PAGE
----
Login CSRF allows an attacker to force a victim to log in to an attacker-controlled account. It often shows up in vulnerability scans and bug bounties. If you see a Login CSRF vulnerability, should you fix it?
As defenders, we should only spend time fixing Login CSRF if attackers can use it to get something they want. For example, in the diagram below, the attacker wants to know that the victim searches for “llamas” on Google.
What’s the risk of Login CSRF?
Login CSRF can be low- or high-risk, depending on context. Most of the time it’s low-risk (e.g. “you search for Llamas!”), but it can also be the root of some ugly security problems, as we’ll see.
Why are most Login CSRF vulnerabilities low risk? Because the victim would realize they were logged into the attacker’s account. The OWASP CheatSheet section on CSRF describes this threat:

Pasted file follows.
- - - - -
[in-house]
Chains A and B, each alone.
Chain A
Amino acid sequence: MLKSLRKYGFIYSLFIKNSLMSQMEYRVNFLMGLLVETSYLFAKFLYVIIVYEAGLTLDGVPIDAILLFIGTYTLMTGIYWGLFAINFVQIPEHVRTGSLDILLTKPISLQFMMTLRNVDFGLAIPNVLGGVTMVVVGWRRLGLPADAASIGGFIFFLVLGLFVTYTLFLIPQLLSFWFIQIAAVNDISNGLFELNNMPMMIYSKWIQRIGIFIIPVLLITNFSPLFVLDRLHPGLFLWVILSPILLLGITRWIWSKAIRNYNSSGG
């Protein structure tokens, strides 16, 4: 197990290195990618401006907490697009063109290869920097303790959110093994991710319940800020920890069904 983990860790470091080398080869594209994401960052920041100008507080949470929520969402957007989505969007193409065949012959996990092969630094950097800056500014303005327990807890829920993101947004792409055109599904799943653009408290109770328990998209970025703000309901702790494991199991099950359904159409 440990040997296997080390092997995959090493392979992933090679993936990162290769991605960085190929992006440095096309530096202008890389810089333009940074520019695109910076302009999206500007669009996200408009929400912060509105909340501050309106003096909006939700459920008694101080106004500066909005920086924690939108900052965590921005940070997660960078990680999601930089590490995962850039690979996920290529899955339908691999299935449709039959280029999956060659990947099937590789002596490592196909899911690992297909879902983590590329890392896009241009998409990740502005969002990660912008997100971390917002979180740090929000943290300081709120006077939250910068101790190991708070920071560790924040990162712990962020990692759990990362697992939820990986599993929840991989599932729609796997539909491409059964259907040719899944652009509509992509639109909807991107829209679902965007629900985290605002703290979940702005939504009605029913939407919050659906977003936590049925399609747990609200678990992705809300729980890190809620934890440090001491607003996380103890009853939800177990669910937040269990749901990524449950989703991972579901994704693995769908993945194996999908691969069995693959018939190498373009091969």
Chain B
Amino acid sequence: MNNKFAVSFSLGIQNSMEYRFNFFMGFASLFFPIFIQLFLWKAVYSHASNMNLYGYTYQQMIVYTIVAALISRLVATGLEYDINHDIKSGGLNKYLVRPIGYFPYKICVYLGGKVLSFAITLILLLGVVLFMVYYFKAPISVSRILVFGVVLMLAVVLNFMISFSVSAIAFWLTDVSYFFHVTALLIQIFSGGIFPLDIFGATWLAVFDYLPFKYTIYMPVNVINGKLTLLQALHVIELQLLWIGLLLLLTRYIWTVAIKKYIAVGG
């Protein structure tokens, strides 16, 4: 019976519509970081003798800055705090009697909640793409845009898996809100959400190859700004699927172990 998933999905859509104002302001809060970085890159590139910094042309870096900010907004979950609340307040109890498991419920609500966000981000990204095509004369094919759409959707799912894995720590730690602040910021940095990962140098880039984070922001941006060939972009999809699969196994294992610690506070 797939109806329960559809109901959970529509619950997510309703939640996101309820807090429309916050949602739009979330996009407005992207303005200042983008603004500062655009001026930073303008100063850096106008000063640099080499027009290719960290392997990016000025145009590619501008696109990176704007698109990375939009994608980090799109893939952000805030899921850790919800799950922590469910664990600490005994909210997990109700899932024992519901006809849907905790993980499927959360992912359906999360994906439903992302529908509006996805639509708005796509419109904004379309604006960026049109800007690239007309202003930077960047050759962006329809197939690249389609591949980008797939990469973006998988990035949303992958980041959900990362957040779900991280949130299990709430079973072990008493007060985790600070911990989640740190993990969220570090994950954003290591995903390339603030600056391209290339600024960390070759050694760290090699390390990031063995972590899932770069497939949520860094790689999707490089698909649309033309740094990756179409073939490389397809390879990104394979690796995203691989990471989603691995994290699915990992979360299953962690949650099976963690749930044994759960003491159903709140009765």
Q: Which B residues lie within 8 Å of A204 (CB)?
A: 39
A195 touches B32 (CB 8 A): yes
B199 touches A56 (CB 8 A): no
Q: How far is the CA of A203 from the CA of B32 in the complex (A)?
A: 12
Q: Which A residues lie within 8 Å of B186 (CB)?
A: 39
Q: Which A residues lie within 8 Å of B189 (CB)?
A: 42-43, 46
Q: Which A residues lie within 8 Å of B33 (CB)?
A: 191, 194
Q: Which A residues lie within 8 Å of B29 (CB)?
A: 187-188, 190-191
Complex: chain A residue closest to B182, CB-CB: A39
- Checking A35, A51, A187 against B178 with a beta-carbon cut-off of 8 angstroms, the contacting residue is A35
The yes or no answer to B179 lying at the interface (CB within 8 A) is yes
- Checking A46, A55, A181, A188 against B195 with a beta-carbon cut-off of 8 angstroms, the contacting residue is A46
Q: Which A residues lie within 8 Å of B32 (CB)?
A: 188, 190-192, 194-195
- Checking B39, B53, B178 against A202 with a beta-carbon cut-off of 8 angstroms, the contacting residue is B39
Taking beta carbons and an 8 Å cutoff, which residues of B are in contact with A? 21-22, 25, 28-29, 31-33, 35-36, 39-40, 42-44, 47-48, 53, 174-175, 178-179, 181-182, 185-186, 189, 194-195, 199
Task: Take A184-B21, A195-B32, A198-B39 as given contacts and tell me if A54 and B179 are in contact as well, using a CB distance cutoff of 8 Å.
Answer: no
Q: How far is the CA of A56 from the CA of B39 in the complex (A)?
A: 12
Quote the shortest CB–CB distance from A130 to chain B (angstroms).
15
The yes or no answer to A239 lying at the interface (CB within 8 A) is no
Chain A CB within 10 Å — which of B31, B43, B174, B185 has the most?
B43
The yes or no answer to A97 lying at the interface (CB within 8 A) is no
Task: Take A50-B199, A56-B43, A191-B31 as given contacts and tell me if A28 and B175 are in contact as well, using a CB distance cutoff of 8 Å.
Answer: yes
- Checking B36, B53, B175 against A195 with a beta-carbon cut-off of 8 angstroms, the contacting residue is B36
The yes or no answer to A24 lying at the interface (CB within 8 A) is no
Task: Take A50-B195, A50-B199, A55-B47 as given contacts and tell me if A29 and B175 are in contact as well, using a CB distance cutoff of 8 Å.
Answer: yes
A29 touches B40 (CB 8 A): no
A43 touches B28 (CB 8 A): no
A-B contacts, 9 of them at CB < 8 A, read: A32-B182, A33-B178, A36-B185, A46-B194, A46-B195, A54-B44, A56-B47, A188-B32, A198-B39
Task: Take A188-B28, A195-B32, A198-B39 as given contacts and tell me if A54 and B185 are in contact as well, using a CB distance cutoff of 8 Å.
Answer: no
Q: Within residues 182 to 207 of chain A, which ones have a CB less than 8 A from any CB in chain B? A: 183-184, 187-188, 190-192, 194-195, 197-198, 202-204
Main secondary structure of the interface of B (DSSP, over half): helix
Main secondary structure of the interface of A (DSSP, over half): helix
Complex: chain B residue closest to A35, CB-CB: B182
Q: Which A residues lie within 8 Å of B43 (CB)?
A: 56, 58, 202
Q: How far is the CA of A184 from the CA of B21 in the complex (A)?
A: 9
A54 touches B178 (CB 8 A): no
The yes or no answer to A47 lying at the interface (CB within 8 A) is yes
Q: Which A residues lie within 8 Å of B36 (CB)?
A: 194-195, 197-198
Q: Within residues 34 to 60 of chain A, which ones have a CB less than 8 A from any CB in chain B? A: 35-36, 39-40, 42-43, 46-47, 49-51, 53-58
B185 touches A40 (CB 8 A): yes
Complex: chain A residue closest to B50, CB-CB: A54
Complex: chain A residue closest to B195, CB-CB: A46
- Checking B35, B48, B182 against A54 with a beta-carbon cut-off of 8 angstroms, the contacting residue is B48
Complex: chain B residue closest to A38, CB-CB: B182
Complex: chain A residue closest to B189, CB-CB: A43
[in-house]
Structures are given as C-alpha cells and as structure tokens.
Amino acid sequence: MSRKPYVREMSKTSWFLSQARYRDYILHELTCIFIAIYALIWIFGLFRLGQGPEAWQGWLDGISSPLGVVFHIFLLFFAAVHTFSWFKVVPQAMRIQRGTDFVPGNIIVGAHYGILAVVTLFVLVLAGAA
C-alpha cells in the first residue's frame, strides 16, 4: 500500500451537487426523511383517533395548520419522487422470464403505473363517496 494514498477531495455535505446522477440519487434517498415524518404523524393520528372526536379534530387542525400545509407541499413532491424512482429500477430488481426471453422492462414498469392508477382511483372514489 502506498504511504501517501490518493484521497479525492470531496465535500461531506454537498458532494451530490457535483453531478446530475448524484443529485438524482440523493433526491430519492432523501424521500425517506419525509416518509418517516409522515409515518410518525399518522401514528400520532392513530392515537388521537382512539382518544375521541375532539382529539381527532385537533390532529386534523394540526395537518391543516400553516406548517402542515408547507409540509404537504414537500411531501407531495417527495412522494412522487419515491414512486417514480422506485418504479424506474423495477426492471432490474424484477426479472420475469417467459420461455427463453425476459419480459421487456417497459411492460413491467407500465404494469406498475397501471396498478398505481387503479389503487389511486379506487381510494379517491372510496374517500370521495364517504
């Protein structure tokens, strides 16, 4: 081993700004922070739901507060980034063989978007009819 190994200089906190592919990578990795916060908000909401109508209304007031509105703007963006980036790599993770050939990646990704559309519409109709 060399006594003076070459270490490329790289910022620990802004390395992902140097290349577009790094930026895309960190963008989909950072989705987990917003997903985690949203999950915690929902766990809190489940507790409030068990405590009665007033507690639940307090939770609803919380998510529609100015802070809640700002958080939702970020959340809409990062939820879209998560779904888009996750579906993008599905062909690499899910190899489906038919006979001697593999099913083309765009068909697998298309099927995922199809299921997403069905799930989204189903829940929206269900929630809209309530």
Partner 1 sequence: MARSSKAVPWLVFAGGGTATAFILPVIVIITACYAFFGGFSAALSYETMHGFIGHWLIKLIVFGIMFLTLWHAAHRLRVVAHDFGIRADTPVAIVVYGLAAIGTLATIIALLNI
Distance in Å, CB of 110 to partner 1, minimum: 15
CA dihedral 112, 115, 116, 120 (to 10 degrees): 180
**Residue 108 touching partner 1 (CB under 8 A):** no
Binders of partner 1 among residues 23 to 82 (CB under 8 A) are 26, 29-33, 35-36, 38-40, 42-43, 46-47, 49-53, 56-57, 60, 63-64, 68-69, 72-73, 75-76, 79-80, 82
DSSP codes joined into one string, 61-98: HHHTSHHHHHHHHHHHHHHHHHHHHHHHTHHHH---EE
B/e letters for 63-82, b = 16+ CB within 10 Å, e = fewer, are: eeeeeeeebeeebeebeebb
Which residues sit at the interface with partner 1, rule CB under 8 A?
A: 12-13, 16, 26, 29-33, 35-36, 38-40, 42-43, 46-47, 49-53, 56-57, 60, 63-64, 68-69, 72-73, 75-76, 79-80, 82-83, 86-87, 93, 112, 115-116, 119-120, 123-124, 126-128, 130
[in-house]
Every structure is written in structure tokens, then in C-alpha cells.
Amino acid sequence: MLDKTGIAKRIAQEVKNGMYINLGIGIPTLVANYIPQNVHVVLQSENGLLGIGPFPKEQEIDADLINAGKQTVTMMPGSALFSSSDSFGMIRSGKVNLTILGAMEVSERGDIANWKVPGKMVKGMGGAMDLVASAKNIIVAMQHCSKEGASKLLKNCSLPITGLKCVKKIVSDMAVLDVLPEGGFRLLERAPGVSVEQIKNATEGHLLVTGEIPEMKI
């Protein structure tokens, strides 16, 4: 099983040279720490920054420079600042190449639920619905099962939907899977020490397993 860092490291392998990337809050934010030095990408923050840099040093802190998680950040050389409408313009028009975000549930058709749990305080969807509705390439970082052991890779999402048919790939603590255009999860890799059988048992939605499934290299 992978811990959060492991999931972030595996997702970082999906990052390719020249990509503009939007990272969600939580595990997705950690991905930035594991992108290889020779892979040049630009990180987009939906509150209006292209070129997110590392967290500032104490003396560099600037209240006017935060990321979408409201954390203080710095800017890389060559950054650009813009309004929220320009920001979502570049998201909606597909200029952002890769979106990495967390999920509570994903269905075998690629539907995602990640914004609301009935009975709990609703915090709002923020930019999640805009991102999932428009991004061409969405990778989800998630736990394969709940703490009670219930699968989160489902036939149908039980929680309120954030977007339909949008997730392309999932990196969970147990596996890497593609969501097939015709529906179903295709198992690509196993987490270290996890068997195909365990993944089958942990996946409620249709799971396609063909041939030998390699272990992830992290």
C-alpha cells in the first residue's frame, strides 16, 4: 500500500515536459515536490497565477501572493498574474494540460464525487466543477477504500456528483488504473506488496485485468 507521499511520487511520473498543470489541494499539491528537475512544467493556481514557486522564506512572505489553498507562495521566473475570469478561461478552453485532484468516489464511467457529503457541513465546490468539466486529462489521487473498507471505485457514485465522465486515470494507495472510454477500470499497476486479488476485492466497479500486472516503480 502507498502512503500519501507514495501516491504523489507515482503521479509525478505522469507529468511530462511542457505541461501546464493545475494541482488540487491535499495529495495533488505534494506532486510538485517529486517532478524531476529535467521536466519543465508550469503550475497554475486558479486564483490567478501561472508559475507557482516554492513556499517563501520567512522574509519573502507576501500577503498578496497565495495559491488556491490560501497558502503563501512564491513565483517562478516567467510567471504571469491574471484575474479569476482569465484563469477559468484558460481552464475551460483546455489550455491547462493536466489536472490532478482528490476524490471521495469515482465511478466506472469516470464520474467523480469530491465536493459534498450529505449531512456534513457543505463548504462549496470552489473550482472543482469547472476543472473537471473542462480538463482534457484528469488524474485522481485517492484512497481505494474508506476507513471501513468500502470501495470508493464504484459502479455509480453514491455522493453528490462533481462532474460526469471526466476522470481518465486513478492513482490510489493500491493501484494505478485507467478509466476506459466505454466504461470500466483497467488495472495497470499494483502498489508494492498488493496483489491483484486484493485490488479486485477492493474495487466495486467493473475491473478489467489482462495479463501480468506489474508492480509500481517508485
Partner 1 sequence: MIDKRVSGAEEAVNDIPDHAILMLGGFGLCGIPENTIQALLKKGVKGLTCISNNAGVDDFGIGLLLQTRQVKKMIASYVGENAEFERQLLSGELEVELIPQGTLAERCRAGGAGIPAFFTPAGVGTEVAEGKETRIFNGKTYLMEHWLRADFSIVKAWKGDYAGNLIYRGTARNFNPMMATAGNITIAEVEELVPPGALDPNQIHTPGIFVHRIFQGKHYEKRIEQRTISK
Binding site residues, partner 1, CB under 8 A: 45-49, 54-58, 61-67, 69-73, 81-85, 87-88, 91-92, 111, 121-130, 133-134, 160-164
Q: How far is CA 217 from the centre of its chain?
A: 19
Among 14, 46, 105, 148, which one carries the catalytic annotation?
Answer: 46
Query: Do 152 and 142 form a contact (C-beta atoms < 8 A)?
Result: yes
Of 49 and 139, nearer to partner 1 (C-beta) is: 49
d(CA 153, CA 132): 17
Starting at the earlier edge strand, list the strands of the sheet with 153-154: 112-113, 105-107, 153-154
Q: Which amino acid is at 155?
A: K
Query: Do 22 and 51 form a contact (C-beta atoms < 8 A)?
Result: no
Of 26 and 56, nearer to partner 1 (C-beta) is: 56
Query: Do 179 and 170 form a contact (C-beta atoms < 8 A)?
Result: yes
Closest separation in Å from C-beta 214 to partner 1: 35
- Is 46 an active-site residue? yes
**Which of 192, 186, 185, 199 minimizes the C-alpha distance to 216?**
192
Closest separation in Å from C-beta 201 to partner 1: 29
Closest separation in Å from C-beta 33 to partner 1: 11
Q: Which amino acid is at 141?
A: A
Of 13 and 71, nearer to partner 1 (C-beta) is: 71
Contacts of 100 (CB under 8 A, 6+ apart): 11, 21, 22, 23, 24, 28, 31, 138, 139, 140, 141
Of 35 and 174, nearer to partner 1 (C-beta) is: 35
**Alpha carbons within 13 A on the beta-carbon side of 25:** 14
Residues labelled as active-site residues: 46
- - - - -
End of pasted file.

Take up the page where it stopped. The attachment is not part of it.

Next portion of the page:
If an attacker uses CSRF to authenticate a victim on a shopping website using the attacker’s account, and the victim then enters their credit card information, an attacker may be able to purchase items using the victim’s stored card details.
The victim has to be fooled into doing something while using the attacker’s account. It now takes two separate acts of deception — one to get you to run the Login CSRF exploit, and another to get you to think it’s your account and do something sensitive in it.
Low-risk Login CSRF examples
If you were building a vulnerability scanner, Login CSRF would probably be listed as “low-risk”. The impact is usually more annoying than harmful. A 2016 SAML login CSRF bug in HackerOne was resolved without a fix:
We also discussed the Login CSRF… and we continue to feel that bypassing CSRF checks is an accepted risk for the user experience… This may change in the future if this begins to be exploited somehow.